Associated Press: America’s blacks voted at a higher rate than other minority groups in 2012 and by most measures surpassed the white turnout for the first time, reflecting a deeply polarized presidential election in which blacks strongly supported Barack Obama while many whites stayed home.We see these numbers despite the fact that the Brennan Center For Justice estimated that Republican voter suppression efforts would disenfranchise as many as five million voters in 2012. Unfortunately for the Grand Old Party, a few of their anti-democratic efforts to keep minority voters from the polls didn’t go as well as they’d hoped. In the swing state of Wisconsin, for example, a voter ID law was struck down as unconstitutional. In a damning ruling, Dane County Circuit Judge Richard Niess wrote that the law was clearly about disenfranchising voters and that this was contemptible. "Voter fraud is no more poisonous to our democracy than voter suppression," he said.
Had people voted last November at the same rates they did in 2004, when black turnout was below its current historic levels, Republican Mitt Romney would have won narrowly, according to an analysis conducted for The Associated Press.
Census data and exit polling show that whites and blacks will remain the two largest racial groups of eligible voters for the next decade. Last year’s heavy black turnout came despite concerns about the effect of new voter-identification laws on minority voting, outweighed by the desire to re-elect the first black president.
Of course, there’s the low white turnout to be contended with. The story makes it clear that if Republicans had put their effort into turning out white voters, rather than suppressing the black vote, November might have turned out differently. The story goes on to say it wouldn’t have taken much to change the outcome. "Romney would have erased Obama’s nearly 5 million-vote victory margin and narrowly won the popular vote if voters had turned out as they did in 2004... Then, white turnout was slightly higher and black voting lower," we’re told.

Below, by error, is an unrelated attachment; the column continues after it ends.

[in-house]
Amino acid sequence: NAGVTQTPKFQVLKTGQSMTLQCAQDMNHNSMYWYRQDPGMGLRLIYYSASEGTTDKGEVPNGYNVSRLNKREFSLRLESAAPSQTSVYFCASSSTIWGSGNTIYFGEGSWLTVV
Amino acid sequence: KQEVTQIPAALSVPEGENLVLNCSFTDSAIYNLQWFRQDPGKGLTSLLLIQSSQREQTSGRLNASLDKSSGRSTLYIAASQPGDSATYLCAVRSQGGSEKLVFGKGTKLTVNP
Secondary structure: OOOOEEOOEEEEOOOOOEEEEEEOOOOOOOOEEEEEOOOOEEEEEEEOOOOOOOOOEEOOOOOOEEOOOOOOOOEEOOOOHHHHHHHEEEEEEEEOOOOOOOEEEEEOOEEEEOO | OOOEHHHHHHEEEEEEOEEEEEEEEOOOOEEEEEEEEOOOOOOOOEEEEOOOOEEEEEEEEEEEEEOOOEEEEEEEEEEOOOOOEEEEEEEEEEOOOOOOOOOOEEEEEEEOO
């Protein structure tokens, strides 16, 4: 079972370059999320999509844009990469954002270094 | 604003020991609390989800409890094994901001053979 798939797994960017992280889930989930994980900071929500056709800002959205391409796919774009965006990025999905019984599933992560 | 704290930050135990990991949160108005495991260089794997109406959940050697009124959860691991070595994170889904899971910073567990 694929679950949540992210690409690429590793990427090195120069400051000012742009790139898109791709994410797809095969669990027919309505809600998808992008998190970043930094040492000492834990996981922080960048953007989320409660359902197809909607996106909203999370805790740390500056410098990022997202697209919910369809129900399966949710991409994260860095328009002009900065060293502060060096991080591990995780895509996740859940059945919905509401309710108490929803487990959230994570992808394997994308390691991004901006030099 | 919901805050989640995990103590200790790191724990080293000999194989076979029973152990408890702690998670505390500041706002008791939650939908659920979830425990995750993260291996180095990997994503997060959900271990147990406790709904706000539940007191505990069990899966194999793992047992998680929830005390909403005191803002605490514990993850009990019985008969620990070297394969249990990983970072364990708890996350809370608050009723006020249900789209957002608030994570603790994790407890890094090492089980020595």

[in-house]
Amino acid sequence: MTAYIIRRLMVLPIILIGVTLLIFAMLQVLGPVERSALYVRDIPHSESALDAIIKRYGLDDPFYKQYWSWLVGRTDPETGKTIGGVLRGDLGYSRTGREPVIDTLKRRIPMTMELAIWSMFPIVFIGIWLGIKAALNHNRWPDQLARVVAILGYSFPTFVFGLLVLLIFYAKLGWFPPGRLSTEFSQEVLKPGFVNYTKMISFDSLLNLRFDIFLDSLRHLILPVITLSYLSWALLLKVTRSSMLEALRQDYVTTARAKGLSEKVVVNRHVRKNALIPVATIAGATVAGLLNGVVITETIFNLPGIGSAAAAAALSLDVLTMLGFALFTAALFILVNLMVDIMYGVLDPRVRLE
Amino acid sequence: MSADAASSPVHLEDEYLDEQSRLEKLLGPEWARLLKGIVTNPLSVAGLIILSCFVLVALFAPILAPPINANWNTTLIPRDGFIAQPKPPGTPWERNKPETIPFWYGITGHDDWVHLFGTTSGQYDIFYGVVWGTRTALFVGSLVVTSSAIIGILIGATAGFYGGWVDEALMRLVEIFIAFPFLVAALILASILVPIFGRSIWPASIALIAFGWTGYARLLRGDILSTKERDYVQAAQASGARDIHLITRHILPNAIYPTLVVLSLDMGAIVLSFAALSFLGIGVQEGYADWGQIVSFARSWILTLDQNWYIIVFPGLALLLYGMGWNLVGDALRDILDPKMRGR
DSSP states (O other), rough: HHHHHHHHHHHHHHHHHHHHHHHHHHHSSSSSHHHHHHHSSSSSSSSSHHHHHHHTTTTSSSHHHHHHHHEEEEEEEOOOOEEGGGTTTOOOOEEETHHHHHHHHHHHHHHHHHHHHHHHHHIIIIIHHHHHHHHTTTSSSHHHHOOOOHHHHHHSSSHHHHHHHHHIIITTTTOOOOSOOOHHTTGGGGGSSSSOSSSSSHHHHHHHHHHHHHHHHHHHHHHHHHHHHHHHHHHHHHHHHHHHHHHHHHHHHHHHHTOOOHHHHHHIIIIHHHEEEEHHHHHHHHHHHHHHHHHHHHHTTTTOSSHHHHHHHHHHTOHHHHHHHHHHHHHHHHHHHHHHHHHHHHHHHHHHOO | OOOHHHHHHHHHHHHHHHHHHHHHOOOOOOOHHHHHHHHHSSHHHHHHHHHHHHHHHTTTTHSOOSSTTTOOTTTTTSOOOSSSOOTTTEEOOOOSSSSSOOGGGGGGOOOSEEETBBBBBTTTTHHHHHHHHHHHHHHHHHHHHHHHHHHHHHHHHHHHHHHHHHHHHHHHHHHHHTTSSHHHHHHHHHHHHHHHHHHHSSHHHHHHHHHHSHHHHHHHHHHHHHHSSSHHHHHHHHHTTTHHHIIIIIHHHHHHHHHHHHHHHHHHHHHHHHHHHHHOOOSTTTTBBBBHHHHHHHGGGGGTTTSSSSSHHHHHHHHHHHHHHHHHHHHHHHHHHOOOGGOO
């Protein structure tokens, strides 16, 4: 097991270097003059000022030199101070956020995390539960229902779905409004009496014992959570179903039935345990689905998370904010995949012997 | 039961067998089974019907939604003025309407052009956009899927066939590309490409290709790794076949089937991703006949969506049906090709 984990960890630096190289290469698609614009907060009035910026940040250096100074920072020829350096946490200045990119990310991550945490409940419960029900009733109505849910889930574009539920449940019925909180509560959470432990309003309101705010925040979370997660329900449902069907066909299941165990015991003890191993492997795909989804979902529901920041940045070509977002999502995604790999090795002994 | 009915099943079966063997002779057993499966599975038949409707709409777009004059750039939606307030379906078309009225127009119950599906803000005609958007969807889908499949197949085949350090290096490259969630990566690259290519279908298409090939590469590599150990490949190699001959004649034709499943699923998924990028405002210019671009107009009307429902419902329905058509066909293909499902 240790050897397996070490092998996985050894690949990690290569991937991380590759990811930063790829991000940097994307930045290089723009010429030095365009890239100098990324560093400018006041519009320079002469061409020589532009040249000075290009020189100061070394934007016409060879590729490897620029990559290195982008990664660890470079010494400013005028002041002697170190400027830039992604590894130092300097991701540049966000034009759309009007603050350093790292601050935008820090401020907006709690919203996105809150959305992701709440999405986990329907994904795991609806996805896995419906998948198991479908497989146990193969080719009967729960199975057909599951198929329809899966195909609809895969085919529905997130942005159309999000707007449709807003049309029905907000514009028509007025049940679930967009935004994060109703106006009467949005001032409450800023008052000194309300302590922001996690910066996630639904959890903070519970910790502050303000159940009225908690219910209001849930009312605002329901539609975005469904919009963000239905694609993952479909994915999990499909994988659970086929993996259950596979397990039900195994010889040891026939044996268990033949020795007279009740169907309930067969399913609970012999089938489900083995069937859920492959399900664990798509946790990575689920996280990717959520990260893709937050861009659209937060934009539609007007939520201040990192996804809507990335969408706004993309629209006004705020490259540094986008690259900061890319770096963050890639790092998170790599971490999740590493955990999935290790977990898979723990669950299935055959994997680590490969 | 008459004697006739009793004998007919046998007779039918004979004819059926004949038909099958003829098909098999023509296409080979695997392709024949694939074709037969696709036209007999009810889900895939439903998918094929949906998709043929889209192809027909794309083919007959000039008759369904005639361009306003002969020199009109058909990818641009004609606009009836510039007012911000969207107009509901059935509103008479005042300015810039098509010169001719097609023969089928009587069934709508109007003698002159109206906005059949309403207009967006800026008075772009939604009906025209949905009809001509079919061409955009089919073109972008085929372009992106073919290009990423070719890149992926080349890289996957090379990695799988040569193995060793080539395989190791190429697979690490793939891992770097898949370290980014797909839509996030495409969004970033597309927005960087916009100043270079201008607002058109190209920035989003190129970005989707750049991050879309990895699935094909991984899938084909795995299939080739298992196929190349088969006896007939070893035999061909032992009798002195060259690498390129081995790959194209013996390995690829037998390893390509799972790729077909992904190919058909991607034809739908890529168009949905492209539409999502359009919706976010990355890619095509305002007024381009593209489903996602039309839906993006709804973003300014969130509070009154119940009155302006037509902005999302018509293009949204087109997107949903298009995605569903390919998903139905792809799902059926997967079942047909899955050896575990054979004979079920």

It says a lot about the party that they were more interested in "poisoning our democracy" with laws designed to chase minority voters from the polls, than they were with working within the system as it exists and turning out voters for their side. It’s almost stereotypically villainous of them to prefer shooing people away from the polls, instead of urging them to vote. It’s like they preferred an assault on democracy to good old-fashioned grassroots democratic efforts.
And this preference for dirty tricks over above board campaigning may very well have cost Mitt Romney the election -- so file this one in the "Serves them right" folder.
But of course, we already know that the base is driving the bus and the "Republican leadership" is a sham. And it’s not too difficult to predict how the right will take this story. Remember, if there’s one thing the wingnut base does not do, it’s realize they were wrong -- at least, not if they can avoid it. I can see this story accomplishing two things in rightwing media: actually reinforce the "black people stole the election" fantasy -- probably involving a zombie version of ACORN and/or the New Black Panther Party -- and the poll truther idea that polling was skewed in Obama’s favor prior to the election as part of a conspiracy to drive down Republican voter enthusiasm.
Neither take would be particularly sane. But this is the party where majorities believe Pres. Obama isn’t a citizen, that nearly every climate scientist on Earth is involved in a massive conspiracy to promote the "hoax" of global warming, and that the American public is going to start freaking out over Benghazi any second now. "Sane" isn’t on the GOP menu.
And of course, the whole thing leads to the one rock-solid Republican principle -- if what you’re doing isn’t working, you need to do more of it. If you squint and cock your head just right, it almost looks like voter suppression nearly worked. Just a tad fewer African-American voters and it all would’ve turned out differently (never mind all the missing white voters).
As always, Republicans will take what should be a pretty clear lesson, turn it on its head, and take what they want to learn away from it. For them, the lesson won’t be to worry less about who’s voting and more about who’s not. The lesson will be "this proves we’re heading in the right direction."
The story that should be the voter suppression movement’s epitaph will instead be the banner the suppressors march forward under. The big takeaway won’t be that being underhanded doesn’t work, it’s that they weren’t being underhanded enough.
[photo by Gage Skidmore]
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